Hygienist Carol Vander Stoep is hoping to break away from the old symptomatic treatment plan and treat a patient's oral health as the gateway to a healthier lifestyle.
Carol Vander Stoep, R.D.H., B.S.D.H., O.M.T., is not your average hygienist.
She is an advocate for change in dentistry and says it’s time to leave behind the simplistic decay theory “all of us” have embraced for too long. And it’s time for dentists and their patients to create a healthy life baseline that starts with the patient’s mouth.
Vander Stoep has written two books—Mouth Matters: How Your Mouth Ages Your Body and What YOU Can do About It and Primal Dentistry—and will shortly complete a video series designed to help dentists embrace a wider picture of whole body medicine, for which she believes dentistry plays a central role.
Yet she says her ascent into the field of dentistry was a bit serendipitous.
“I had been rambling around the University of Texas for about five years trying to figure out what I wanted to do,” she explains. “And hygiene was particularly suited for me, in that we really shouldn’t do repetitive things, or really small details at work—everything that defines a hygienist. But it just goes to show that you can make yourself do whatever it is.”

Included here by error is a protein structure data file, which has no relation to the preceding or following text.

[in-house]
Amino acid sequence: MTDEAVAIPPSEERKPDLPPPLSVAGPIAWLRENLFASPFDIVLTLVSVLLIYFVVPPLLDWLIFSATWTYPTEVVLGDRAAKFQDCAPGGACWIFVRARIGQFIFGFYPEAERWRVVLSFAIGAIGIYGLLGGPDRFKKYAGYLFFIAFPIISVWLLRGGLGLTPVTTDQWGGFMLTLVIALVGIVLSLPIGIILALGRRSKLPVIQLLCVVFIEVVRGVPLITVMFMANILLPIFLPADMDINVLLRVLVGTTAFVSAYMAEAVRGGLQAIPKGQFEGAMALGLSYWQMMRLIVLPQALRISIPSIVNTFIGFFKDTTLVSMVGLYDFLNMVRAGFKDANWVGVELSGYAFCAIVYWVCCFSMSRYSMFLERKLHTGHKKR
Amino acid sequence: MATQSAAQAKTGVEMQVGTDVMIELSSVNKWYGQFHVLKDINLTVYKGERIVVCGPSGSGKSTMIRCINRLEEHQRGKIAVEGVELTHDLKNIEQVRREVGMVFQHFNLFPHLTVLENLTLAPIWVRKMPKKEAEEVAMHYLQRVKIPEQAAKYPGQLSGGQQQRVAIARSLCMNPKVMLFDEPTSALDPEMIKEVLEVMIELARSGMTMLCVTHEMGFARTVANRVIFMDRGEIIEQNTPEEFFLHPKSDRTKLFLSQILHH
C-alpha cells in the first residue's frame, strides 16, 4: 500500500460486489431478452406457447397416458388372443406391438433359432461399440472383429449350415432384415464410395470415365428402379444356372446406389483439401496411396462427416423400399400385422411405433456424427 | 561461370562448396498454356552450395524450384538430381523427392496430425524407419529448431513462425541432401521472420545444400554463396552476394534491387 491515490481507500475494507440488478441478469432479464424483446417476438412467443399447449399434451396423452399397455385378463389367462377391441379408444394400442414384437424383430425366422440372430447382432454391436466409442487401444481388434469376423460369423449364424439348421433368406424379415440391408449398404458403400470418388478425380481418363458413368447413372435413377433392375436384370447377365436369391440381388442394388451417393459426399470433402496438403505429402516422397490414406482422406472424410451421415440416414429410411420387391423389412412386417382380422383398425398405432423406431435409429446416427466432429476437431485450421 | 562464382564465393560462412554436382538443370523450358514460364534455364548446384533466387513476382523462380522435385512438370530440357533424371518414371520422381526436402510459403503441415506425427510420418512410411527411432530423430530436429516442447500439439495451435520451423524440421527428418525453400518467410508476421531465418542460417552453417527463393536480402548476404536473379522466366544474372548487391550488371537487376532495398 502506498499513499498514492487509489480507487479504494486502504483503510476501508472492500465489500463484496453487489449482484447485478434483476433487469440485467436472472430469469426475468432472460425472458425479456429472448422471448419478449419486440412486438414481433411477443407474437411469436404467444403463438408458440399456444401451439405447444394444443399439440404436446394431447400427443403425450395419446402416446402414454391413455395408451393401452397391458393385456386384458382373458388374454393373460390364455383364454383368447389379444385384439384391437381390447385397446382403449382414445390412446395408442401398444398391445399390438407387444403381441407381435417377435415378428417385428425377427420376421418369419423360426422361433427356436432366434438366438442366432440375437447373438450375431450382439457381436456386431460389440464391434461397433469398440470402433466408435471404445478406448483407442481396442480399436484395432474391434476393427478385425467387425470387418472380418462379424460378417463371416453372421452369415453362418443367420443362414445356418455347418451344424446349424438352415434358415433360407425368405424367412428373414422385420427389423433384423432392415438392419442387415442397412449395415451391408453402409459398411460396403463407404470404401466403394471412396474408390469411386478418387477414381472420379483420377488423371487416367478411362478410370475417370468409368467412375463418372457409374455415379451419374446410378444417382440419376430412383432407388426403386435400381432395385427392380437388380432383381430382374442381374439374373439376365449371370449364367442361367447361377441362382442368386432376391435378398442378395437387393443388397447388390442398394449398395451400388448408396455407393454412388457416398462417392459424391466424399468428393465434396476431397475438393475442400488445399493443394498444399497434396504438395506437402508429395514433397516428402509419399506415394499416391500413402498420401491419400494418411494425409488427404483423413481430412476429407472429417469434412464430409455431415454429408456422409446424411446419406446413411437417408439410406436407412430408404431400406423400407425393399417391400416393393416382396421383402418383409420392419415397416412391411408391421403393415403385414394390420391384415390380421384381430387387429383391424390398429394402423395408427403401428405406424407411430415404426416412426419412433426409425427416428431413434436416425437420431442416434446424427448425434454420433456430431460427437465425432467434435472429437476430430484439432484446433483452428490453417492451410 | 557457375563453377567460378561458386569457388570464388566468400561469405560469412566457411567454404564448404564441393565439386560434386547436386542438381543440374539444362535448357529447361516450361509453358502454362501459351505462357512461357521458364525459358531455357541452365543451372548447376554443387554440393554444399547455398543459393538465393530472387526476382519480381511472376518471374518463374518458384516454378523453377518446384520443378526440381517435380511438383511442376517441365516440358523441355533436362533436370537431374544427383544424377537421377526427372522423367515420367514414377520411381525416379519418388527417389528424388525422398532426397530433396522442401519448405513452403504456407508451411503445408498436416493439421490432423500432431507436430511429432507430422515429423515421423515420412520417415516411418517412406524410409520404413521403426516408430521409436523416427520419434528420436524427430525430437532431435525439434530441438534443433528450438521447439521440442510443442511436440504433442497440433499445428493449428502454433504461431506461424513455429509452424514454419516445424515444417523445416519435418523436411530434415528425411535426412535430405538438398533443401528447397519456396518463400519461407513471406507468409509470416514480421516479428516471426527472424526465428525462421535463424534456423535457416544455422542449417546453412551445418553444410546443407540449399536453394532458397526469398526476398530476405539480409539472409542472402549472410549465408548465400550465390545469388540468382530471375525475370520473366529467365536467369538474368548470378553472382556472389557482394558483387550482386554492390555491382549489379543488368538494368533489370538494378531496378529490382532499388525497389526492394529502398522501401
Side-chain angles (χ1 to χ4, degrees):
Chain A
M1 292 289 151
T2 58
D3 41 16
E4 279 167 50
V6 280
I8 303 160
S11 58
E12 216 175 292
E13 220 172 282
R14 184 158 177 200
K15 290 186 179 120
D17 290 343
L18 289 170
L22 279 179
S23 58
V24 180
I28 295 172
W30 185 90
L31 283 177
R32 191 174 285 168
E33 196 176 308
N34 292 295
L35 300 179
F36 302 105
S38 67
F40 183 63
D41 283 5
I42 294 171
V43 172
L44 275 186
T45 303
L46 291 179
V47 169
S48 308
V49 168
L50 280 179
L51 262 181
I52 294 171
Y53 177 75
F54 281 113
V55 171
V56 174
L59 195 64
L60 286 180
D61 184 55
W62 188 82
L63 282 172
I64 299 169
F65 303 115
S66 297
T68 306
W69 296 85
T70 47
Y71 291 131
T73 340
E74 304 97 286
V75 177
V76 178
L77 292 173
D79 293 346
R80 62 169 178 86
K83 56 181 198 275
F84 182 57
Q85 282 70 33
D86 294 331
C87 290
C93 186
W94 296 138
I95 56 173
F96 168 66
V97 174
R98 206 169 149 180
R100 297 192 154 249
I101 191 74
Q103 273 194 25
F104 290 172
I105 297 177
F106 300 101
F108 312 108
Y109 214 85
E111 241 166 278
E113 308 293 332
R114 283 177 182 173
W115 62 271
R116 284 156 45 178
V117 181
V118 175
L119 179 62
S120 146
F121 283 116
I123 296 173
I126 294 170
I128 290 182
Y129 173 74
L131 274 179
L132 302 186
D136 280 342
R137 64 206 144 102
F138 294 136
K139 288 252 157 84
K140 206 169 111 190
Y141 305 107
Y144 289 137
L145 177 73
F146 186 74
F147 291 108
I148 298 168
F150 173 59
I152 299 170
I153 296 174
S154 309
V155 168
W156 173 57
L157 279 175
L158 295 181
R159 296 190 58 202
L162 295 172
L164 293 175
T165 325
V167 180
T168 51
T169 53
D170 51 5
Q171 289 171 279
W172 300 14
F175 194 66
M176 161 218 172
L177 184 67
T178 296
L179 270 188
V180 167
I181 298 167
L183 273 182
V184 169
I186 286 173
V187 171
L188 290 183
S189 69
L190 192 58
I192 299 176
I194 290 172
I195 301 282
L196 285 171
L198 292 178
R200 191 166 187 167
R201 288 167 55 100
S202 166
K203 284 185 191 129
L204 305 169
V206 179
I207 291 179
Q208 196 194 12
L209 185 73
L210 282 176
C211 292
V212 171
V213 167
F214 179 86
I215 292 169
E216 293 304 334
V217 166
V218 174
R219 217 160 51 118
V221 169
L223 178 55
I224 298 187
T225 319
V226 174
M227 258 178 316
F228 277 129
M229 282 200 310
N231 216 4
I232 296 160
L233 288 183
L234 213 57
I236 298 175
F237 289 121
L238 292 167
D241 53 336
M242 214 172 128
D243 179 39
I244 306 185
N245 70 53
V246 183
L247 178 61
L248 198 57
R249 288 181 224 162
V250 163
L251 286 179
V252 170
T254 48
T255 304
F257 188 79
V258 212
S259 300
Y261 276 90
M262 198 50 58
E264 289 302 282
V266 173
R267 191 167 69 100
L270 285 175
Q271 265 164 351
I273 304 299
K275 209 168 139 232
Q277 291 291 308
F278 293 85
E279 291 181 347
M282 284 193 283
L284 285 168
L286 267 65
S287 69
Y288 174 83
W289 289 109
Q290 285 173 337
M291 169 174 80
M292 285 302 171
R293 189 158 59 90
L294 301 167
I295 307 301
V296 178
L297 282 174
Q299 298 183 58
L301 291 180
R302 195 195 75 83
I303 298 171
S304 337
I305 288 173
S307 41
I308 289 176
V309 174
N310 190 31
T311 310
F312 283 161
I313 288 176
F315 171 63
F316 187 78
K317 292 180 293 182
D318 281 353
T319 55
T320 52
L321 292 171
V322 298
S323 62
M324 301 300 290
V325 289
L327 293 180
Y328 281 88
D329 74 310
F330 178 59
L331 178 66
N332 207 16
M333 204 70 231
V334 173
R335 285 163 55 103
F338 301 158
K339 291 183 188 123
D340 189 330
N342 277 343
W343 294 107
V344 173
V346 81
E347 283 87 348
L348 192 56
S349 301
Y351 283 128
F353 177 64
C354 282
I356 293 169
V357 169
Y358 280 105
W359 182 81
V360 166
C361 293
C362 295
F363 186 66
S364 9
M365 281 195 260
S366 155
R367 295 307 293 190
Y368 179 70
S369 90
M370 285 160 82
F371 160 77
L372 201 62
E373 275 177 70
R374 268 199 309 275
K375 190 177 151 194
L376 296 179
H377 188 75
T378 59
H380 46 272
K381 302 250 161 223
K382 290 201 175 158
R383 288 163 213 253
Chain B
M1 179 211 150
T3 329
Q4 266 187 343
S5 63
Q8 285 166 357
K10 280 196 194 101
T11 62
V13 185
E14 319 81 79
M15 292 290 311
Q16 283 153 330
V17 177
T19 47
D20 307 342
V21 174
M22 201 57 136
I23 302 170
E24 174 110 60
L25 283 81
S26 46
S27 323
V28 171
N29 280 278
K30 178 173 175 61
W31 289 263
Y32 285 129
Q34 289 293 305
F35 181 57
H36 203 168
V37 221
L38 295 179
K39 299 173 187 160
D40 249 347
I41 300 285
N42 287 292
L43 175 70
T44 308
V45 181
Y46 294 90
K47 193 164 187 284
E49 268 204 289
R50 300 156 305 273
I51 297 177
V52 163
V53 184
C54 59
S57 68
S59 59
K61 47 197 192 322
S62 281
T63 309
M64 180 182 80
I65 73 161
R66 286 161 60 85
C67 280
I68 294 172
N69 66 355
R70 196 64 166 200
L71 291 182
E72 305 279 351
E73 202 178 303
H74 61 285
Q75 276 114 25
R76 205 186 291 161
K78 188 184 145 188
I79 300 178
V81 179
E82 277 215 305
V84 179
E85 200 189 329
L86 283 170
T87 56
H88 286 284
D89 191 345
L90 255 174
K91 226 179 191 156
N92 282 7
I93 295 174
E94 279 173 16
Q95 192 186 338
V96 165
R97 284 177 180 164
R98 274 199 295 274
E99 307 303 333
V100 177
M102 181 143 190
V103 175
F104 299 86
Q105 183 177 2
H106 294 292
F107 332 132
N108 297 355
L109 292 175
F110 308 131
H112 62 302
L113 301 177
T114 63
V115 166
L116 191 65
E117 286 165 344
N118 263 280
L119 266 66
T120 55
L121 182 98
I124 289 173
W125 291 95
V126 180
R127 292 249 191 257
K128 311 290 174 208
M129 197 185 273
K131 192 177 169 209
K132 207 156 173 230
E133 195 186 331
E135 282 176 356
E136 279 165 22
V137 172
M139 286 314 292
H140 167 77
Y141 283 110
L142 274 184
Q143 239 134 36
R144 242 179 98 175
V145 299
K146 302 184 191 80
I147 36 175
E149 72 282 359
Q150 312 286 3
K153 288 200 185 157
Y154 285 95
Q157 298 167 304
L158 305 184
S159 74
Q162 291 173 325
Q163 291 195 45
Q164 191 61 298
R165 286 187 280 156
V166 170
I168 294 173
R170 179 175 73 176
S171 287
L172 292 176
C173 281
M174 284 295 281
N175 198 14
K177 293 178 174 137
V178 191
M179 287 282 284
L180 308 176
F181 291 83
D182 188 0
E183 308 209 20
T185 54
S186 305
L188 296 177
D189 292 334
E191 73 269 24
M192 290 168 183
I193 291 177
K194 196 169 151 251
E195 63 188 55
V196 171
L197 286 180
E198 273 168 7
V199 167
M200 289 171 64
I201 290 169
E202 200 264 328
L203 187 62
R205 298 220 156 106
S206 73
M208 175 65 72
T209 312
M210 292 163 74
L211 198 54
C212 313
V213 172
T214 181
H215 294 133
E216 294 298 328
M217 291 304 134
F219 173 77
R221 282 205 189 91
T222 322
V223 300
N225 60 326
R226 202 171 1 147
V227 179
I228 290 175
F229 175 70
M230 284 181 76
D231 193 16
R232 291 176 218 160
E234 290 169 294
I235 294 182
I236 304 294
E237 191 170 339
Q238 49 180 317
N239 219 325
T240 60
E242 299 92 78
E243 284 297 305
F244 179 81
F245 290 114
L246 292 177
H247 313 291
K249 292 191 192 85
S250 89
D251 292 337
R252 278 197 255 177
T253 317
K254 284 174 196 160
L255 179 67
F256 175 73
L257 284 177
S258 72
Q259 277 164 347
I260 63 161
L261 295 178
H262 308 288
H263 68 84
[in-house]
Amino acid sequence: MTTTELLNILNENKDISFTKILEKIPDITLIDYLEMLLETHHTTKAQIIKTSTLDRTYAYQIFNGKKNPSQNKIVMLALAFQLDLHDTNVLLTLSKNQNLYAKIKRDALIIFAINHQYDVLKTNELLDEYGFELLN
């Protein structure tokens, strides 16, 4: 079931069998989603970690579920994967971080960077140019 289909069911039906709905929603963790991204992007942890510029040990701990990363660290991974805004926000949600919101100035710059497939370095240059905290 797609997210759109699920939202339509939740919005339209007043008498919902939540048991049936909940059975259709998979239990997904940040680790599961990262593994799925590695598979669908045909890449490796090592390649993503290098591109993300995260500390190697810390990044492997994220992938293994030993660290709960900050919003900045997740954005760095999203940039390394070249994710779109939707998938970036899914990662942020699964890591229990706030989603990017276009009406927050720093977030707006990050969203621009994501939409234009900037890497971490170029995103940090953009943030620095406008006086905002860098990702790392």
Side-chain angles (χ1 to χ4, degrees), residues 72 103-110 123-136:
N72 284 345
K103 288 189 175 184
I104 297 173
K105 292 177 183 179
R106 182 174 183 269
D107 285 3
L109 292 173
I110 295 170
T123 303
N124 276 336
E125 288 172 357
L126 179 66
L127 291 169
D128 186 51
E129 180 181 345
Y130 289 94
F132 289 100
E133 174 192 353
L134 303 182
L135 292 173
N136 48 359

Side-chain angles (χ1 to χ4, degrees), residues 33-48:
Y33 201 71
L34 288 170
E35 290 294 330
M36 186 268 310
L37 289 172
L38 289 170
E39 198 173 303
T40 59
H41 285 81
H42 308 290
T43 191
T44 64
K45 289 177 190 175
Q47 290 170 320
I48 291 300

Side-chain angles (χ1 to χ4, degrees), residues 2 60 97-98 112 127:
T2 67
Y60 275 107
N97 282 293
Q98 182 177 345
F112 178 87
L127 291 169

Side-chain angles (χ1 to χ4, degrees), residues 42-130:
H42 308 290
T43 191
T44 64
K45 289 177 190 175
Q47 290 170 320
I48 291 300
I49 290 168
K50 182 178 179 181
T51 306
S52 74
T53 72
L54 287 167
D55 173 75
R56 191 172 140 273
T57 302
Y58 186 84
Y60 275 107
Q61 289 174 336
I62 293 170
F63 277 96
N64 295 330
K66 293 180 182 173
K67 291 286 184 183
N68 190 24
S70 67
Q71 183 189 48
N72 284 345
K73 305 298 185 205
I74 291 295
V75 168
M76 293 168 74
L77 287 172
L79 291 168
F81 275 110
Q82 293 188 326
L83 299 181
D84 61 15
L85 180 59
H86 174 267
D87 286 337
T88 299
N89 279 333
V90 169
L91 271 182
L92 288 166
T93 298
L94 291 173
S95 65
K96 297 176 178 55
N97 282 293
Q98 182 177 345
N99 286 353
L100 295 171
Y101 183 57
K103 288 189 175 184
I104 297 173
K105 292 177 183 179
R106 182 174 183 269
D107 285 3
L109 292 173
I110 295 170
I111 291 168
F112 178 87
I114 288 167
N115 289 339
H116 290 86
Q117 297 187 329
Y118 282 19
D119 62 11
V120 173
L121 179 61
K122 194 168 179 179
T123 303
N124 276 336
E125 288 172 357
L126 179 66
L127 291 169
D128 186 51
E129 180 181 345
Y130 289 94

And Vander Stoep has done a good job of that.
Vander Stoep says that dental school trained dentists and hygienists to respond to symptomology, and to deliver reactive care. But more recently, both dentists and their patients are realizing that the mouth is the first line of defense when it comes to health. And patients increasingly want dentists and their staff to help them understand how to create a healthy life baseline that starts with their mouth.
“My primary advocacy involves a win for everyone,” she says. “For patients, that means less decay and repeated tooth breakdown, and the significant ensuing future dental and healthcare costs that are sinking our healthcare system.”
But she also advocates for more freedom for dentists. She says dentists know the healthcare model is changing, and that they can’t do what they’ve always done while continuing to be reimbursed in the same fashion. What she wants is for dentists to be able to spend less time on the production treadmill trying to stay financially afloat under what she says is a broken system.
“Many dentists sign up for 30 to 40 percent fee reductions,” Vander Stoep says. “How can a dentist keep up with family, their practice, and the latest in dental research and techniques? It has to be crushing. This neither serves their freedom to practice to their best level, nor does it serve their clients.”
Vander Stoep believes that the way for dentists to serve patients and keep them from future dental and healthcare expenditures while working less hard themselves depends on a different model that most dentists have yet to encounter.
This model, she says, involves far more early, consistent and repeatable diagnosis than dentists have been exposed to in dental school, as well as tooth rebuilding techniques that honor engineering principals.